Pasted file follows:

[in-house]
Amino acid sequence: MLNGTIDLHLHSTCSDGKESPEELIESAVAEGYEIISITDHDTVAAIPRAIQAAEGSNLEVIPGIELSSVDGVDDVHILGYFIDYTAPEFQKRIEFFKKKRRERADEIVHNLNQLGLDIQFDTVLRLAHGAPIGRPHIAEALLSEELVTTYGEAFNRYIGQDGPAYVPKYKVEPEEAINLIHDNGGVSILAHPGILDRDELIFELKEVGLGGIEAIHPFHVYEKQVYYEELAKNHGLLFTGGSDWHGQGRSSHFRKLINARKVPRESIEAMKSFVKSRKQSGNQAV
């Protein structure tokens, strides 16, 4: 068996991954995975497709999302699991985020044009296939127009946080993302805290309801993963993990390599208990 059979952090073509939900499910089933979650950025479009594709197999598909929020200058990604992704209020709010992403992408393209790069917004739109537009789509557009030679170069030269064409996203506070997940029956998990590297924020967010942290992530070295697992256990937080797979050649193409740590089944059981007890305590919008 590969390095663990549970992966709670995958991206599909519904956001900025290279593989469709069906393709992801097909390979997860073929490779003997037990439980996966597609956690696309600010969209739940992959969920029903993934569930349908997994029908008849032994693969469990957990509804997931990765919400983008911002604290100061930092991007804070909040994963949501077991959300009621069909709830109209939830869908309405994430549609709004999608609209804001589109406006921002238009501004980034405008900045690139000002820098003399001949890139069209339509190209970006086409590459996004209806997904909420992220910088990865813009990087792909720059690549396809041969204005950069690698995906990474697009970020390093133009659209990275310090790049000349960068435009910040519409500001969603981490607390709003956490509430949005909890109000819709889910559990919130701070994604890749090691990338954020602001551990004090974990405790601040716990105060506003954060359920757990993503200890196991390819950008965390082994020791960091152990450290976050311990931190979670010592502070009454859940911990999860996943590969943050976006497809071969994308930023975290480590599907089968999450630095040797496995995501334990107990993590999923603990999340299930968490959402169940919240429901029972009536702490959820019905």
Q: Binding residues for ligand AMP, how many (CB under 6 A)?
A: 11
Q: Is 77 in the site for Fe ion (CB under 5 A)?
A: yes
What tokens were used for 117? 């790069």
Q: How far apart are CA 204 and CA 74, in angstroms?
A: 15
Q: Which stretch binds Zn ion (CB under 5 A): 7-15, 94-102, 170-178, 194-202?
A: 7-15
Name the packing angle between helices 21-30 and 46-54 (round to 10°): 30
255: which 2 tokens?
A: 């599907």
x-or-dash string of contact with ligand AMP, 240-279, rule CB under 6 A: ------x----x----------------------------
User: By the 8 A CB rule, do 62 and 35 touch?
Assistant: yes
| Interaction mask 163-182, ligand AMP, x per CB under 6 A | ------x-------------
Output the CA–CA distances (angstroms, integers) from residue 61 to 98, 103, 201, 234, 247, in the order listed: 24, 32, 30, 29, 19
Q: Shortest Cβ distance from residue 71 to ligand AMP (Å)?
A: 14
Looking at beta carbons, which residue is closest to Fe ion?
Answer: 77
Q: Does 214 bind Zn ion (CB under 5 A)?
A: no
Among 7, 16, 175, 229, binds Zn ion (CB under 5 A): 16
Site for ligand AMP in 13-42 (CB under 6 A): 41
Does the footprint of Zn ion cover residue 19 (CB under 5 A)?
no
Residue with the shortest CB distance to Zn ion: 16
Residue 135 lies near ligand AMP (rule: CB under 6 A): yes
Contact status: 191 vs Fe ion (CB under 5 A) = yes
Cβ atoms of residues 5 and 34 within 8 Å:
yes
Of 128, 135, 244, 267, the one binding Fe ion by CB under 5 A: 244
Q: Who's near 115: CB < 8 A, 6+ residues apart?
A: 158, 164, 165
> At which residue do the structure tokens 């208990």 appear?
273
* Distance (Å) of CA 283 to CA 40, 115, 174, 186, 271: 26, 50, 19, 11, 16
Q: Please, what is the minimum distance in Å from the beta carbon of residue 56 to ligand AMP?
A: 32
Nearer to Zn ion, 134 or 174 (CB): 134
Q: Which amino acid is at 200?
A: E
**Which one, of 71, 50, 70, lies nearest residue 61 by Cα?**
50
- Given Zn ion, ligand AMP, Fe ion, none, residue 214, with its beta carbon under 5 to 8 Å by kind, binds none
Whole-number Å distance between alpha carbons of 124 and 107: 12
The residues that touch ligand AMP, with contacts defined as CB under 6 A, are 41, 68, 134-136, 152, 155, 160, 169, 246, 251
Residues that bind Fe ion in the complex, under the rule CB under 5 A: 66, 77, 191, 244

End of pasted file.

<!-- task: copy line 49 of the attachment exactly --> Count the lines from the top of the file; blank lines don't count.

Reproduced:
- Given Zn ion, ligand AMP, Fe ion, none, residue 214, with its beta carbon under 5 to 8 Å by kind, binds none